“You’ve read them. You’ve seen the connections?” All of the writers, your ancestors, took part in writing and training rituals. The first one was named Garrett. He was what they called a keeper. Keepers were like the CIA back in the Middle Ages, although they might have been around before then even. They were one of many secret societies, just like there are today. He took it upon himself to teach his son the techniques and train him the way he had been long before. Since then, the tradition has followed; every son would record a ‘journal’ and read the others that had come before it, learning of not only the keepers, but the past, present and the future. Garrett had meant well, but it was either just human nature or perhaps a corrupt nature within the books that always drew people towards darkness. Before he became a keeper, he was a thief, and perhaps… a murderer.”
“You didn’t want me to see them?”
Gareth’s dad scratched his head. “No, but I’m not mad at you. It’s just that it ended horribly for every one of them. They ended up as thieves, criminals, and murderers. And they paid the price for their actions. The books have some sort of power. They’ve lasted for centuries, with minimal damage, and they have these symbols on them.”
“And that’s why they’re so great.”
“Look, they are just stories. They’re good stories, maybe they’re even true, but they are not meant to be handled by us. I went the opposite path in my life and became a well adjusted, responsible man; not a keeper or anything else.”
Gareth walked off just as his dad had finished talking.
Gareth thought that his dad was wrong to not embrace his heritage. He swore that he wouldn’t make the same mistake, and that he wouldn’t be overcome by any powers the books possessed. He hadn’t got through all of them yet. Not by a long shot.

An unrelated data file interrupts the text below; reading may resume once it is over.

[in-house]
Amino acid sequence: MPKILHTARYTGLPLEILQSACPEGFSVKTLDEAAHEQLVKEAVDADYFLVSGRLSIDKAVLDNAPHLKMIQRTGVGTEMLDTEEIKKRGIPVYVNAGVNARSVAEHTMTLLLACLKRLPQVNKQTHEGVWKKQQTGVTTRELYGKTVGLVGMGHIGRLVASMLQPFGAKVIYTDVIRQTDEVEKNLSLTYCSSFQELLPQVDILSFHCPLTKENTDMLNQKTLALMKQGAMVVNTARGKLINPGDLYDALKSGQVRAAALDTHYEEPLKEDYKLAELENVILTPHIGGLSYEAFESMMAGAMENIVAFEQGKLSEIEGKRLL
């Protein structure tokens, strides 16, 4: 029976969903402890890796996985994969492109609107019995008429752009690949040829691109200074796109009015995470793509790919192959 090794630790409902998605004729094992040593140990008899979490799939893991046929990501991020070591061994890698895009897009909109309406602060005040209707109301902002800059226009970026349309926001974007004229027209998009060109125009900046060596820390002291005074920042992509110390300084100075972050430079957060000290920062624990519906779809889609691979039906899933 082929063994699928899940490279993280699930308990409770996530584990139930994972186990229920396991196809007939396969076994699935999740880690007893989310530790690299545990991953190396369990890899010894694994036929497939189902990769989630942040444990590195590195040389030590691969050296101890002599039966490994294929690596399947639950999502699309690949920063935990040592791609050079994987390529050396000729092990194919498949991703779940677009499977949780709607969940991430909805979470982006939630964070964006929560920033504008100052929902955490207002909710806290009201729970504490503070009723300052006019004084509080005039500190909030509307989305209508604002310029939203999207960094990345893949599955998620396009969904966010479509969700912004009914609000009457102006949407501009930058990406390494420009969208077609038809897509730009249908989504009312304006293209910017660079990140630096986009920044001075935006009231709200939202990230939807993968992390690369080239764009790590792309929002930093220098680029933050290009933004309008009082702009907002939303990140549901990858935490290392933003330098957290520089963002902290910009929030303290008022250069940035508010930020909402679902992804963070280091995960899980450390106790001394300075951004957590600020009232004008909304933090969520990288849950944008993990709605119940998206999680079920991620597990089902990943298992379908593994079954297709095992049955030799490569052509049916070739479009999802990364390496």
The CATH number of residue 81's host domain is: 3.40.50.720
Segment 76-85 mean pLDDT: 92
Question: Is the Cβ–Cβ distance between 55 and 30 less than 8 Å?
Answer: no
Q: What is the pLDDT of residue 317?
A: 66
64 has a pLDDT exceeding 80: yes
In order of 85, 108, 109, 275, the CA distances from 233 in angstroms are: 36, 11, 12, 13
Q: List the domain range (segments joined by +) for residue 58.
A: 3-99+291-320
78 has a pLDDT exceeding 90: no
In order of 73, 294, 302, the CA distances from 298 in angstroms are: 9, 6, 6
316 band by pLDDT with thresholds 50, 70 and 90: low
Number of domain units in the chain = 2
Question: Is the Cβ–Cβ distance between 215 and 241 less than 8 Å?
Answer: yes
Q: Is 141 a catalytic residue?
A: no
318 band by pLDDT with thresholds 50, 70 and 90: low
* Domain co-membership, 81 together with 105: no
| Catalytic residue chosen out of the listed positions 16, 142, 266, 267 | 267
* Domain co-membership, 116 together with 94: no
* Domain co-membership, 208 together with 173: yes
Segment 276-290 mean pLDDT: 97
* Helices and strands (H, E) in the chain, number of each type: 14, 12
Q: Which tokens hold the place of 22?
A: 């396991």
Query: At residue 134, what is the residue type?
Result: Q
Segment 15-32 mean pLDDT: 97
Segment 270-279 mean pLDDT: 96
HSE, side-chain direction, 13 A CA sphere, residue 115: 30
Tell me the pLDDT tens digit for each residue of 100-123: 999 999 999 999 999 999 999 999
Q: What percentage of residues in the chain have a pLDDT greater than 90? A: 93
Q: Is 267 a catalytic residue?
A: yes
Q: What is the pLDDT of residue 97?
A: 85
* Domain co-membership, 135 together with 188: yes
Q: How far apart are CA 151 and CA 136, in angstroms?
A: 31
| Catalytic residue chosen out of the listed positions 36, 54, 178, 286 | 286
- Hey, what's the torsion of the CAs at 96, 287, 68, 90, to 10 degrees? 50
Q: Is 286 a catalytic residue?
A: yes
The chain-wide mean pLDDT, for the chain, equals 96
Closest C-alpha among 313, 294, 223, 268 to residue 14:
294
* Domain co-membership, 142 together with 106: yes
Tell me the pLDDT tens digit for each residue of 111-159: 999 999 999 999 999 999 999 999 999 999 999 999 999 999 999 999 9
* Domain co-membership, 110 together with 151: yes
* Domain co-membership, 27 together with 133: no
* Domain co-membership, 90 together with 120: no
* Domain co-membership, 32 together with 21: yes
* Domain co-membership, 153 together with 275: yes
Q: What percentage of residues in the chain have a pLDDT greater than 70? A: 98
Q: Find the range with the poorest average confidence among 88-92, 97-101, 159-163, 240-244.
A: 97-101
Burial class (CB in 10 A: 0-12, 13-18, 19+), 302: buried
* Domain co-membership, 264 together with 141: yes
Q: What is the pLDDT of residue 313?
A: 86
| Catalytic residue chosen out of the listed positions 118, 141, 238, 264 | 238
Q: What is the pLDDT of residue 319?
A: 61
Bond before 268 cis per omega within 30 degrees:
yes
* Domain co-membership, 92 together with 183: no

As he got back to his favourite spot in the attic by the small dusty window overlooking the garden and the surrounding neighbourhood, he noticed that there was a bright glow emanating from the trunk. The books all had symbols on them that he hadn’t noticed before, just like his dad had said. The books also seemed to be new, as if they had rejuvenated and been put back together in immaculate condition overnight.
As Gareth touched the book almost as a dare, he felt an energy course through his body and then all went blank.
* * *
It was night, and he was in a place like he had never seen before. He was on his own; he could see lights in the distance but no people. He was surrounded by grimy, mossy stone walls, and wooden beams adorned the roof. He could see out to the black sky above accompanied by the moon and clouds, through the holes made by the masses of missing tiles. In front of him there were some statues on the sides of the room. After walking towards one of them, he looked down and noticed that he was clad in garments he was sure weren’t his. He had on leather pauldrons and fingerless gauntlets with bracers. His torso was covered by a leather cuirass and he had on slim soft-soled boots. He put his hands up to his head and felt a hood covering it, and on his arms and legs, he had similar cloth covering them.